Yearbooks have been a popular symbol in American school culture since the late 19th century with the practice of signing yearbooks having strong cultural significance. Obviously the format and value of yearbooks have evolved since then but the societal relevance have still remained the same. The signing of the yearbook is a key part of that experience that usually occurs at key milestones such as graduation, class parties, and the like. Students sign both their friends’ yearbooks as well as general classmates and peers. Friends traditionally write heartfelt messages to each other while peers/acquaintances tend to write more generic messages to each other such as ‘H.A.G.S’, ‘Good Luck’, and the like. The interesting nuance with H.A.G.S. is that it is not a naturally common acronym; however, it is one that can be found at schools across America.

Younger generations especially are quick to adapt to new technologies, language, and trends; H.A.G.S. is a great example of that. The newest generations especially love their abbreviations: ‘L.O.L’, ‘B.R.B., and the like are all common acronyms that were adopted by youth culture and that have spread broadly across the world. H.A.G.S is a significantly less common acronym; in fact, very few over the age of 50 would know what it stood for. However, its popularity with school-aged Americans shows how homologized youth culture is across the country and how much of the shared youth cultural experience and traditions happen across backgrounds and locations.

Superstition: Don’t Eat with your Left Hand

Text:

It is a superstition in Indian culture to eat with your left hand.

Context:

Informant: “My Brown mother used to always tell me to not eat with my left hand. I always asked her why, and she was always like ‘it’s not good manners to do that.’ Don’t really know what that means if I’m honest.”

Analysis:

In traditional Indian culture, it is customary to eat most foods with one’s hands. The practice supposedly enhances the individual’s relationship with the meal they’re consuming and is a sensory experience that aligns with the Ayurvedic practices. At the end of the day, it’s a cultural tradition that has been passed down for generations.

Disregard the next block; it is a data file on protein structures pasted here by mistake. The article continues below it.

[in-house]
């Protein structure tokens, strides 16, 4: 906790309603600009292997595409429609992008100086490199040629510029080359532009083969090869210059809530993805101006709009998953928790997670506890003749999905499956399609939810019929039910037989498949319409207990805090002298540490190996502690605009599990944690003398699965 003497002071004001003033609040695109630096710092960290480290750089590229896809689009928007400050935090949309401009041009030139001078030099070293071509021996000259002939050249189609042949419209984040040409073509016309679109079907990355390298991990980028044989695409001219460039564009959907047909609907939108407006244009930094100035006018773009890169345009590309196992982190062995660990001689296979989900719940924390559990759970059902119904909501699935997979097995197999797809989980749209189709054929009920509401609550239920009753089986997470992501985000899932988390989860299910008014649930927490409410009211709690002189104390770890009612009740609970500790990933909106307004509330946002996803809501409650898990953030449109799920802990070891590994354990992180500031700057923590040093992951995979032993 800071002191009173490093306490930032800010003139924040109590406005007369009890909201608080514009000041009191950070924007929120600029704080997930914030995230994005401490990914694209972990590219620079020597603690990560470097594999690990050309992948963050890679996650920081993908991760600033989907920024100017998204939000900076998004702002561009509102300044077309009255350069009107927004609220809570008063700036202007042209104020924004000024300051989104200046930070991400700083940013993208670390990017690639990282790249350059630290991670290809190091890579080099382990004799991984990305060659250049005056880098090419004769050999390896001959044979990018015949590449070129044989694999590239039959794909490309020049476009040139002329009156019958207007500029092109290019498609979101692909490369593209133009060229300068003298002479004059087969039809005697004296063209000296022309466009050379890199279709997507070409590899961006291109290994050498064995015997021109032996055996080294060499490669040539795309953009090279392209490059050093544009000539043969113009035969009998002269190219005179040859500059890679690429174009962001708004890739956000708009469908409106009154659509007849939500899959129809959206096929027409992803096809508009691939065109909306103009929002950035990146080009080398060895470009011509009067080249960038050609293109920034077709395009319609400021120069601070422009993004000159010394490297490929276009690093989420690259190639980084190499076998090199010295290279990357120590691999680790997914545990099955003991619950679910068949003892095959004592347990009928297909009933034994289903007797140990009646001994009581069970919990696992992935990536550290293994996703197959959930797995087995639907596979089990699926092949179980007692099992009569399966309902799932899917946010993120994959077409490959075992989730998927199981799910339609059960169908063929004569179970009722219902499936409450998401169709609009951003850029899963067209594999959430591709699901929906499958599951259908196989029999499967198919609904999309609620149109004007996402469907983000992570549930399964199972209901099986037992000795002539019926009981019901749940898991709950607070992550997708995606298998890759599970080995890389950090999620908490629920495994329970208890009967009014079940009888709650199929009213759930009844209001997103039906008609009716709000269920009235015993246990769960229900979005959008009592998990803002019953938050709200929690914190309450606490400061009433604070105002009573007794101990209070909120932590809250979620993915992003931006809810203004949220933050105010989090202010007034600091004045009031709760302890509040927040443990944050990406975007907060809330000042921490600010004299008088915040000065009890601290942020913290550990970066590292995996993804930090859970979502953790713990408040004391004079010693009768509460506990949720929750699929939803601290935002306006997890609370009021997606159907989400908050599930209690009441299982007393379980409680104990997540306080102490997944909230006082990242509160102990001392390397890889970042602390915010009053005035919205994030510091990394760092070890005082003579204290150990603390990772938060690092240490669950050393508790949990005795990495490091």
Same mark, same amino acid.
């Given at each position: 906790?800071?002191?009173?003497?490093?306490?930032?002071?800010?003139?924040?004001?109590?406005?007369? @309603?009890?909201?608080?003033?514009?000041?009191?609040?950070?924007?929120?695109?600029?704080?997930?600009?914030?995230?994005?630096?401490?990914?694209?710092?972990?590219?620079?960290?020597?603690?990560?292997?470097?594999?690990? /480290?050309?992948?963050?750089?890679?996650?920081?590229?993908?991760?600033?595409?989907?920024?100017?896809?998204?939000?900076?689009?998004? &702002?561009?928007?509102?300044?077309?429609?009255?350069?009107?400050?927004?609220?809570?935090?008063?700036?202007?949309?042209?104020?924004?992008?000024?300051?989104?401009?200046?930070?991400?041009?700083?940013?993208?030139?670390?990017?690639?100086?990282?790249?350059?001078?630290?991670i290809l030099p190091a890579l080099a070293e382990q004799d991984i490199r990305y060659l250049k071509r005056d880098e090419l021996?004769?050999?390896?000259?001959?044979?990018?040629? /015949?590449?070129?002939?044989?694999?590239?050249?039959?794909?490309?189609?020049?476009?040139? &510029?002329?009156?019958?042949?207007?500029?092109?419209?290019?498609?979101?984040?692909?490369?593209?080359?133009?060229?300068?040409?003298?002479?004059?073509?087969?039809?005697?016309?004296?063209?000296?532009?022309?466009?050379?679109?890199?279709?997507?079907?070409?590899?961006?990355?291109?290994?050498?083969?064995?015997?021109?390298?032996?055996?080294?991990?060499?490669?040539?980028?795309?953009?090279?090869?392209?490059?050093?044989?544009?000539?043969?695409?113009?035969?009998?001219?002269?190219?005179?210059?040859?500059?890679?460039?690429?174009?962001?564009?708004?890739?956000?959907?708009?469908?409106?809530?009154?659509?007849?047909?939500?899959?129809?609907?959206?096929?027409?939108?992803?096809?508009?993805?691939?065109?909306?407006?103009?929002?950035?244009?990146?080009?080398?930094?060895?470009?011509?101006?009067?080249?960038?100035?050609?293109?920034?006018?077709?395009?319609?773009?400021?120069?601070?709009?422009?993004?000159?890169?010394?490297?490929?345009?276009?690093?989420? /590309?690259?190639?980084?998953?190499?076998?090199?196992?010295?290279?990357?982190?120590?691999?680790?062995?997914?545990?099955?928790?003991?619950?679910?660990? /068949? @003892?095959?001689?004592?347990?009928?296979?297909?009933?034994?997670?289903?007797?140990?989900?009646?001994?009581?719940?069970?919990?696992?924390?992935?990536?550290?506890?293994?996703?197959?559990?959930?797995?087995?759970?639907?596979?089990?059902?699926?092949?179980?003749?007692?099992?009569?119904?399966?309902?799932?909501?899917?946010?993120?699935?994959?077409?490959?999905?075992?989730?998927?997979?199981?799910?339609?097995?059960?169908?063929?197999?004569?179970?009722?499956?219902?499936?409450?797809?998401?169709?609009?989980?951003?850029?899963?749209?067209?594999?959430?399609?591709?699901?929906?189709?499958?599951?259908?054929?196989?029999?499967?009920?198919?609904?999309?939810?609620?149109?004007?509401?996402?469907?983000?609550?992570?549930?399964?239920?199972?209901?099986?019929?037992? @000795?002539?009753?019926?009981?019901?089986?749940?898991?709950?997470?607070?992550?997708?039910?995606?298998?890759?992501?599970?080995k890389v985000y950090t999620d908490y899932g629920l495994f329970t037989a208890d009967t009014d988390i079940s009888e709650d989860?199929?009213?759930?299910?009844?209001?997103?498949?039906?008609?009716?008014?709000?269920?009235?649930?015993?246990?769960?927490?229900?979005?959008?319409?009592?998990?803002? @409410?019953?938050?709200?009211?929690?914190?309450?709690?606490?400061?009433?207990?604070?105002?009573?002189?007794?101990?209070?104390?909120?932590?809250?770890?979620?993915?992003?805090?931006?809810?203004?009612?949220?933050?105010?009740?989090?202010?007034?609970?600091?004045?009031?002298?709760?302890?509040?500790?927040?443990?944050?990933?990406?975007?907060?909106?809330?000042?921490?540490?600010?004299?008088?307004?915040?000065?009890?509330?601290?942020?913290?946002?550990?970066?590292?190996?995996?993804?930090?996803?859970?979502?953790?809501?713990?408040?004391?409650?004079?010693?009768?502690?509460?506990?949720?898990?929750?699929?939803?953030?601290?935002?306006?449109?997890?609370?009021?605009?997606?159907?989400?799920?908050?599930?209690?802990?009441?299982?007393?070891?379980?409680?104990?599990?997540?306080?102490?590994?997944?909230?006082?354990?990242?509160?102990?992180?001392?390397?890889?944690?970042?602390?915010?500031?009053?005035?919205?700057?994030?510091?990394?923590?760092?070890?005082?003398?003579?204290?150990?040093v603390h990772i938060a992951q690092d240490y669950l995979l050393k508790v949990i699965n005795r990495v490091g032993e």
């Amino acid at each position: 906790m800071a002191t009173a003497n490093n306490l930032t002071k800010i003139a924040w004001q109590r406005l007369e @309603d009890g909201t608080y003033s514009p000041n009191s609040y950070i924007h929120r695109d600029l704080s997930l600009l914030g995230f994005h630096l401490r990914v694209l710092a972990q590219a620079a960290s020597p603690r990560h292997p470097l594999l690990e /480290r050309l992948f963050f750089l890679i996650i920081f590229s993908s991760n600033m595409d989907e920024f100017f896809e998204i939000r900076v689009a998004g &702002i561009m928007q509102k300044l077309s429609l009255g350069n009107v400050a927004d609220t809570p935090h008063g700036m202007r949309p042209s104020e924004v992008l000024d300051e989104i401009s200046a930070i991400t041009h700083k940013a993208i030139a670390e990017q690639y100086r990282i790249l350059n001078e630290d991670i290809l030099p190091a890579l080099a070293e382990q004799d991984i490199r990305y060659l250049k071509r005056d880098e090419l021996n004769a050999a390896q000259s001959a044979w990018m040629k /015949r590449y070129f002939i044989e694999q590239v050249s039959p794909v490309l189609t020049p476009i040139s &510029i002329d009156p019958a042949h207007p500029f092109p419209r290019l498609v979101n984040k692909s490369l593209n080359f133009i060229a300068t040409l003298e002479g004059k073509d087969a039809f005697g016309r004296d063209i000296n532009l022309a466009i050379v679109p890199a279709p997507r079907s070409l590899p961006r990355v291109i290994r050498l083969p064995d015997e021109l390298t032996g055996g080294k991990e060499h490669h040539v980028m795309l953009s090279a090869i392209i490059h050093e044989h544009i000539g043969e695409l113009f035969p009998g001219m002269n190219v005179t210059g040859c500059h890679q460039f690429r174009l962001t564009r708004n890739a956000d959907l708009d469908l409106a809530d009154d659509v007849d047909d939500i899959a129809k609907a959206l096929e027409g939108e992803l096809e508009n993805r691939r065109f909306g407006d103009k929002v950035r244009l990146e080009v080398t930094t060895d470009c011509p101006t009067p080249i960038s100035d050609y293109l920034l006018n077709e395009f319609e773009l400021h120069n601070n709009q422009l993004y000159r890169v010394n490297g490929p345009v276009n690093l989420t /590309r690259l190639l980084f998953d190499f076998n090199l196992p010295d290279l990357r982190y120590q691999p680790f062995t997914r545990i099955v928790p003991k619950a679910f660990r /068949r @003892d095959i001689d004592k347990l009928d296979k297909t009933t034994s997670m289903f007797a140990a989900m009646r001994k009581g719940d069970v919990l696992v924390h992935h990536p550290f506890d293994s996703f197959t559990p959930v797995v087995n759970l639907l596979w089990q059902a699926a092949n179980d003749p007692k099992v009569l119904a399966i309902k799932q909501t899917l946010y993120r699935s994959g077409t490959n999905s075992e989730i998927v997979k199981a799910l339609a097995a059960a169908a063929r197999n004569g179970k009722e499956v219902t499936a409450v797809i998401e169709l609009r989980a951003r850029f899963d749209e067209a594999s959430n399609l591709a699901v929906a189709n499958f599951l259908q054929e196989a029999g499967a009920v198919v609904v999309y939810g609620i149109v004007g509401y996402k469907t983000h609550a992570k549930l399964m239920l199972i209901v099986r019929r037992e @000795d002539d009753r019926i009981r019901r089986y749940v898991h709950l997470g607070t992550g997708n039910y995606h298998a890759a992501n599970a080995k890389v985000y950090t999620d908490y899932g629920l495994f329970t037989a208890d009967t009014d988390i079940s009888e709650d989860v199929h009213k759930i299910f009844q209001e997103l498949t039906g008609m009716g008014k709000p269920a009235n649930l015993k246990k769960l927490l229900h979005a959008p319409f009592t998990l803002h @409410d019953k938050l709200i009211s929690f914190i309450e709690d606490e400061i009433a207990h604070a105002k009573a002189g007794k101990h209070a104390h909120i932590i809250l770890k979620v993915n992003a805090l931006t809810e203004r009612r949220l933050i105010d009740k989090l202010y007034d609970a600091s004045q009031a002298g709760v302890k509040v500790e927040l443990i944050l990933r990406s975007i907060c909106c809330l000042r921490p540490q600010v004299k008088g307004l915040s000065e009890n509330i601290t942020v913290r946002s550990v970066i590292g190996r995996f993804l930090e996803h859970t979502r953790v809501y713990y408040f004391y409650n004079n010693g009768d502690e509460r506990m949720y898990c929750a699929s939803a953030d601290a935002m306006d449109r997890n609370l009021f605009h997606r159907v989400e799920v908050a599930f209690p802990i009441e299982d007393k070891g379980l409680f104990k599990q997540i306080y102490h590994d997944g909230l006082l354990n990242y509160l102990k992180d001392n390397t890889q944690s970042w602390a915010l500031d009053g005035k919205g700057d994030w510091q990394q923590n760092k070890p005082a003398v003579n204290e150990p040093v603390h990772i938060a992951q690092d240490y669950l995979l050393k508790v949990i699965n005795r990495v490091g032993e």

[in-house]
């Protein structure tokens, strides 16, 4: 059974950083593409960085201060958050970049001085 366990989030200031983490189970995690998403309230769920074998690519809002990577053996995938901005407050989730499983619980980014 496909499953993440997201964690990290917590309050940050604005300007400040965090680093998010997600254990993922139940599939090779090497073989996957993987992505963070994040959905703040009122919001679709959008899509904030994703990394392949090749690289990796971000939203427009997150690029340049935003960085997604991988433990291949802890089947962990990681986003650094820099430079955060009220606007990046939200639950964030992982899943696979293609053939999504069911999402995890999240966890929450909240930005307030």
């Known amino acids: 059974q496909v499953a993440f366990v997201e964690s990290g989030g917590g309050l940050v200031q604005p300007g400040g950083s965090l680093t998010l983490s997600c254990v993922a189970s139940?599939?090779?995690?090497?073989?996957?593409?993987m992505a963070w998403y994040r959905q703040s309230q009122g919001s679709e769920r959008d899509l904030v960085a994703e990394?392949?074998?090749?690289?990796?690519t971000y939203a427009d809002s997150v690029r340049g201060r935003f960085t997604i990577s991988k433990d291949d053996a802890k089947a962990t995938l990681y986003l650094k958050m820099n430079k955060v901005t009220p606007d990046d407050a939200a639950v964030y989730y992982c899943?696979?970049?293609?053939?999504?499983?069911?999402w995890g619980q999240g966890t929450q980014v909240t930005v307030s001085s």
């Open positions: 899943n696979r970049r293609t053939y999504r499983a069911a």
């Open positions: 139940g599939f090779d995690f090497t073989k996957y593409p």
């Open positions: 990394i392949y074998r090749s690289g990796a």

In Hinduism, the right hand is viewed as pure and is associated with prosperity, blessings, and peace. In fact, the entire right side of the body is perceived as auspicious. On the other hand, the left hand is associated with less pure activities such as bodily hygiene and personal care, a notion that is reinforced by holy scripture. In Hinduism, all actions such as offering prayers cannot be done with the left hand for fear of bad luck. This superstition can be considered a taboo/ritual, where the practice of eating with the left hand is reinforced as taboo alongside the passed-down practice of eating with the right. Ultimately, this superstitious ritual has multiple layers that trace back to Indian culture; eating with one’s right hand both aligns with the cultural value of eating with hands while also avoiding the bad luck associated with the left hand.

Indian Proverb: “May you be blessed for a hundred new years”

The Proverb:

Text:

“May you be blessed for a hundred new years.” [Origin: Andhra Pradesh, India]

Context:

Informant: “So anytime that I call my mom at the exact same time that she’s trying to call me, she always picks up the phone with “[Informant’s name!], may you be blessed for a hundred new years”. My mother is of Telugu descent [South Indian Indigenous culture], and she says that the reason why she says that is because she’s so happy that I’m thinking of her at the same time that she’s thinking of me.”

Analysis:

My analysis of the use of this saying in the specific context of calling someone simultaneously differs slightly from that of my informant. In Hinduism, and specifically within indigenous/Dravidian cultures, coincidences like these, especially when two individuals complete the same action or thought at the same time, are perceived as inauspicious or bad luck. While the reasoning isn’t necessarily clear, a the roots for this superstition can be traced back to Vedic Astrology, which holds the belief that such coincidences disturb the cosmic balance and can bring about bad luck. Superstitions are common throughout Hinduism, and many take averting them seriously. Similarly to the expression “knock on wood”, I believe that this proverb is used in the context of warding off bad luck/karma.

In ancient Dravidian culture, the number 100, which is the number of years expressed in the Proverb, is constantly seen throughout holy scriptures as it symbolizes the idea of ‘completeness’ or a ‘complete cycle’. The number is considered auspicious, and by blessing someone for a 100 years, you are both wishing them prosperity and longevity across the ‘complete cycle of their life’. In Hindu culture, old age is tremendously respected as is health and abundance. Even non-Dravidian/non-Indigenous aspects of Hinduism recognize the value of the ‘100’. In Vedic astrology, several specific rituals are performed that supposedly grant recipients a ‘century of life’, which symbolizes a complete/fulfilled existence for the rest of your time. The inclusion of ‘new’ year instead of just year also indicates the idea of a complete cycle, as the new year signifies the beginning of a new yearly cycle. By examining both the proverb itself and the superstitious context in which it is said, there is strong evidence that this proverb is specifically used to ward of bad luck, especially in circumstances where one may be superstitious.